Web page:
Fraud Management & Cybercrime , Fraud Risk Management , ID Fraud

Defining Synthetic ID Fraud: How It Helps With Mitigation

Fed Releases a Definition That Could Make It Easier to Identify Red Flags
Defining Synthetic ID Fraud: How It Helps With Mitigation

Now that the Federal Reserve has issued a definition for synthetic ID fraud, fraud-fighting efforts likely will improve because it will be easier to identify red flags, some security experts say.

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The Fed has defined synthetic ID fraud as "the use of a combination of personally identifiable information to fabricate a person or entity in order to commit a dishonest act for personal or financial gain."

“You can't manage what you can't measure. Without a common definition, it was hard to determine the significance of synthetic ID fraud and the best way to remedy it," says Greg Woolf, the founder and CEO at FiVerity, who was one of 12 fraud experts participating in a focus group that helped the Fed craft the definition. "And more importantly, without a clear definition and greater consensus, the industry can't successfully manage the rising problem."

The Fed developed the definition to foster improved awareness, detection, measurement and mitigation, says Mike Timoney, the Fed's vice president, secure payments. “The group reviewed definitions currently in use by the industry, looking for common elements that could be incorporated into its recommended definition," he says.

A Common Approach

The Fed wanted to create a clearer definition of synthetic ID fraud "that could be leveraged by not just U.S. domestic financial service providers but … be applicable in other global financial markets, as well as something that was applicable to other industries as well,” says Amy Walraven, president at Turnkey Risk Solutions, who was part of the focus group that worked on the definition. “It was important for us to provide a clear and concise definition of synthetic identity fraud that can be used to create a universal way to define the issue in order to ultimately get all of the institutions to a commonly accepted definition.”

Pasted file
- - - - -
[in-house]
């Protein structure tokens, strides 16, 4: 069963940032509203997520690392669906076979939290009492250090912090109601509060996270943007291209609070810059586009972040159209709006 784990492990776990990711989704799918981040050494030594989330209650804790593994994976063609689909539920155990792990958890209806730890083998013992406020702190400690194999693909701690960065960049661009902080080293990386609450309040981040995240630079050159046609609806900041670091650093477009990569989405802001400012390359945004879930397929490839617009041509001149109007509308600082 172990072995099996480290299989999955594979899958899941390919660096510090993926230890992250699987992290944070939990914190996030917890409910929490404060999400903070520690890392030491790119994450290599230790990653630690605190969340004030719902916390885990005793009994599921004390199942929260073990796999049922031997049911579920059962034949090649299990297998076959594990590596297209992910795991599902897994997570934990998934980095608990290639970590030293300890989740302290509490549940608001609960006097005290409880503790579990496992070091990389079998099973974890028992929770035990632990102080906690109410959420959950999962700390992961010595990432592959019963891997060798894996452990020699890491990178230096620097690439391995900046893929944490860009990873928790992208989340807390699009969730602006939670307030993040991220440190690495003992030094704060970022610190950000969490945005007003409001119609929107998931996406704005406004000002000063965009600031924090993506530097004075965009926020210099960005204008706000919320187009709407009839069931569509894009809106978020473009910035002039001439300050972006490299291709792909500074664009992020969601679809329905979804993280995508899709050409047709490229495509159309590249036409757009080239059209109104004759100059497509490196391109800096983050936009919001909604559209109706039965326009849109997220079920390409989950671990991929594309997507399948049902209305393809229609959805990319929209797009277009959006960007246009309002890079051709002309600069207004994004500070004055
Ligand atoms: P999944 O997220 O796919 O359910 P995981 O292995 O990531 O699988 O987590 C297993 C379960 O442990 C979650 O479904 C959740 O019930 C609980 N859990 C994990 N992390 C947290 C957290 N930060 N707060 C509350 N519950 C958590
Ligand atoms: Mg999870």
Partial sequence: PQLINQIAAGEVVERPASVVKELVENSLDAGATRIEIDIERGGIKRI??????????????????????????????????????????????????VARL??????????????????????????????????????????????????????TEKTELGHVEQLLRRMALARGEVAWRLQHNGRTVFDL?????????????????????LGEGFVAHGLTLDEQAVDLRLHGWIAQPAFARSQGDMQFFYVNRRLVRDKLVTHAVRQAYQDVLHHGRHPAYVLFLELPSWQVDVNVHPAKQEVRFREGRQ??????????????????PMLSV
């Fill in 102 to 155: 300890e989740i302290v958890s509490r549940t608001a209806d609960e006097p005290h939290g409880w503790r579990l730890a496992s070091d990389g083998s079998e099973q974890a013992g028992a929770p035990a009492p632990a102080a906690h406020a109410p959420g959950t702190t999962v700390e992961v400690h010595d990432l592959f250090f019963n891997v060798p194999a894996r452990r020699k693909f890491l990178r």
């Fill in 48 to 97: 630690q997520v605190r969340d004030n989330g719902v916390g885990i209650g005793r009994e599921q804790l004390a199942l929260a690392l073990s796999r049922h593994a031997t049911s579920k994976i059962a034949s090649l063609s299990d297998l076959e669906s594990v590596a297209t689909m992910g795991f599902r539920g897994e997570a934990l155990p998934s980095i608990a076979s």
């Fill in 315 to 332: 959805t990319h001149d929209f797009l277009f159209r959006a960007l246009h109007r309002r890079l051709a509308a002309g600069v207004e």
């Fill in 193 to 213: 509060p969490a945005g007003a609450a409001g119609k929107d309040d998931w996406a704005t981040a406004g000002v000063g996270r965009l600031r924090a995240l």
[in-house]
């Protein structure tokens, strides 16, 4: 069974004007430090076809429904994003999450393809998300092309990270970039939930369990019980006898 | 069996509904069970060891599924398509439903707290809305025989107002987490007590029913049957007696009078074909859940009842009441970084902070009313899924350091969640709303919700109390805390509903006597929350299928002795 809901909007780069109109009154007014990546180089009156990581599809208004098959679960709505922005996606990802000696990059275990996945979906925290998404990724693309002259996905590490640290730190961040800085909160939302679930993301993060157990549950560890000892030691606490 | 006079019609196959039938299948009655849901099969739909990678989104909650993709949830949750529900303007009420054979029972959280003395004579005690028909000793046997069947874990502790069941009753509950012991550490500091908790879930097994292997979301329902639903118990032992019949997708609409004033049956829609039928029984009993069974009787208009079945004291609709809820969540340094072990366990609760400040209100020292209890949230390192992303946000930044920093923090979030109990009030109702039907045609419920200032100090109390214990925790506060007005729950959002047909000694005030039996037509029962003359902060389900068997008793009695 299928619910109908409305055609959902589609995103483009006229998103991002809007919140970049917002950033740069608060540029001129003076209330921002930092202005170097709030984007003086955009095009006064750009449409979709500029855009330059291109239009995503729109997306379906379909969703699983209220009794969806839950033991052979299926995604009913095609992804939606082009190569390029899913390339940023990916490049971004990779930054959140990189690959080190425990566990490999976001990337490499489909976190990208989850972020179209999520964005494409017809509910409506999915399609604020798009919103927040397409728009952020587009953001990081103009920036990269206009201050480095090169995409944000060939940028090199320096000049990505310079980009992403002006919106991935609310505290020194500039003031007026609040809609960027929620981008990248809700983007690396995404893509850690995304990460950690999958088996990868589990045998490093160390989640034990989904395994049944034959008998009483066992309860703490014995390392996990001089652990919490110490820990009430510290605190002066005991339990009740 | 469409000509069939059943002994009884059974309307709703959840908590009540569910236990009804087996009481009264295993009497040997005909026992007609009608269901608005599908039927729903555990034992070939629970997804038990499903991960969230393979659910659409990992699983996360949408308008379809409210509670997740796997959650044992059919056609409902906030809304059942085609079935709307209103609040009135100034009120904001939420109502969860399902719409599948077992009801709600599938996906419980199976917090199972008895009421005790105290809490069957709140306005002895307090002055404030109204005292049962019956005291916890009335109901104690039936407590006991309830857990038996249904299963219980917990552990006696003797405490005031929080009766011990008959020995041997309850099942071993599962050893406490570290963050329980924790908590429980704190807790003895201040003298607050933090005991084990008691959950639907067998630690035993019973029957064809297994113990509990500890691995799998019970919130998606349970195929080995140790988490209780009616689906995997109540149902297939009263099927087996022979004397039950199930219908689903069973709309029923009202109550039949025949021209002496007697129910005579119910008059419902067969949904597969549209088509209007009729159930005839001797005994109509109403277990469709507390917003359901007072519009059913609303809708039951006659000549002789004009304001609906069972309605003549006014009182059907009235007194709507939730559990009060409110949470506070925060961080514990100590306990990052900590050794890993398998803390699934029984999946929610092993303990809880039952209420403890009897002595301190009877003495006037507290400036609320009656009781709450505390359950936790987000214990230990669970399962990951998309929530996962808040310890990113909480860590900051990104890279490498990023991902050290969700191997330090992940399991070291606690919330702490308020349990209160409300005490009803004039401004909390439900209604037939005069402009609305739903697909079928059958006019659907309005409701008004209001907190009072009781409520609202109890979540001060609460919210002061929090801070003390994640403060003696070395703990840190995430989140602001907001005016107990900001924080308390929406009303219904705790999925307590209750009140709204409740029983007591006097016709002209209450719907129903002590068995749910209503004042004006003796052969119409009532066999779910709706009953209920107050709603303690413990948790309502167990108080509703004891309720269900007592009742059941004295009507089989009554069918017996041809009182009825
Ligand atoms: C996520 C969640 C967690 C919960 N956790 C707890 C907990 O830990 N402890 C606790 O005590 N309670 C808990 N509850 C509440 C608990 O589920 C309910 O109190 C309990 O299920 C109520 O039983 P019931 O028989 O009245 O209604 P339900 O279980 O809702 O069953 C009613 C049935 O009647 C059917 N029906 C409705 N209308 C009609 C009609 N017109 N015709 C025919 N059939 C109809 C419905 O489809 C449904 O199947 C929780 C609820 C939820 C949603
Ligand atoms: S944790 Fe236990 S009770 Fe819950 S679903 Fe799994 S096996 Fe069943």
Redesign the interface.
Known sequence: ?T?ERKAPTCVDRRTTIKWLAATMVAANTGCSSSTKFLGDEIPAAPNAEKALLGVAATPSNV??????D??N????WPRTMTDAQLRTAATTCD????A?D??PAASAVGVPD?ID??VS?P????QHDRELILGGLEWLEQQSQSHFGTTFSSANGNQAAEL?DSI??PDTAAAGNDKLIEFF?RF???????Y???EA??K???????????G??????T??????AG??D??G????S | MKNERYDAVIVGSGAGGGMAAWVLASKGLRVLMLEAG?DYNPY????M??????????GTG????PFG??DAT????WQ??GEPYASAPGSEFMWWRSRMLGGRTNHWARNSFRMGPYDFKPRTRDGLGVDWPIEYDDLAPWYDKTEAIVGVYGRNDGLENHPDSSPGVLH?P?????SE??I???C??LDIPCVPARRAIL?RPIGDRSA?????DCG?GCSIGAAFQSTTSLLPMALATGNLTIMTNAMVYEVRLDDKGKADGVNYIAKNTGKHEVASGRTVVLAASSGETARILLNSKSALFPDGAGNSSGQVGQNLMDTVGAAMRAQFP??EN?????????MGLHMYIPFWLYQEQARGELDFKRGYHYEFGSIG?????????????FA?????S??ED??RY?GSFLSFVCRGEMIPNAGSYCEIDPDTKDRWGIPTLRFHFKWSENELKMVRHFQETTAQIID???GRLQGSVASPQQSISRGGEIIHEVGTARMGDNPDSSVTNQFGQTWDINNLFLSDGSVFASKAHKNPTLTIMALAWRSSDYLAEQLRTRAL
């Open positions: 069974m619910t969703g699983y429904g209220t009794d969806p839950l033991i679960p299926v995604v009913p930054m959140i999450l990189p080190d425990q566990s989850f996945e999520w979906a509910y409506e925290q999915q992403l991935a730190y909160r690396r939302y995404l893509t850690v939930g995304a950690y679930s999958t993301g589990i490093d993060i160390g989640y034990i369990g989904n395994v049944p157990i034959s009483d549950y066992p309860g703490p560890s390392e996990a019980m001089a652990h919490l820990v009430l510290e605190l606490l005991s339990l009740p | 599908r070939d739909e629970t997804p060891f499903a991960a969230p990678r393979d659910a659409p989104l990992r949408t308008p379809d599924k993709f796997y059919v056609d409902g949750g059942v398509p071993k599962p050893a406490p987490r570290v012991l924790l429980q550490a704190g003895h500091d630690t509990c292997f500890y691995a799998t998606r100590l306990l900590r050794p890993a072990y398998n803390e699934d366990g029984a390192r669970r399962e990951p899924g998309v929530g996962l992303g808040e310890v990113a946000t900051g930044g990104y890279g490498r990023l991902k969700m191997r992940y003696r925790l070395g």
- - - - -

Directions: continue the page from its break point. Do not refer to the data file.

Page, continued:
Woolf from FiVerity adds: “We felt it was important to define the purpose for which fraudsters use synthetic ID. It is mainly used for credit repair, payment default schemes and other criminal activities where the data is used for facilitating illegal acts by individuals or crime syndicates.”

If security experts fail to properly identify cases of synthetic ID fraud and simply classify such cases as bad underwriting decisions, the use of fake identities as a front for money laundering and other nefarious activity could skyrocket, Woolf adds.

Mitigating Risks

Over the years, the lack of a common definition of synthetic ID fraud has led to inconsistent categorization and reporting, making it difficult for the industry to identify and mitigate this type of fraud.

Although it's been difficult to measure the financial impact of synthetic identity fraud because of the lack of a clear definition, the Aite Group estimates that such fraud will grow to $2.42 billion in 2023, up from $1.8 billion in 2020. This fraud is growing, in particular, in U.S. COVID-19 relief programs.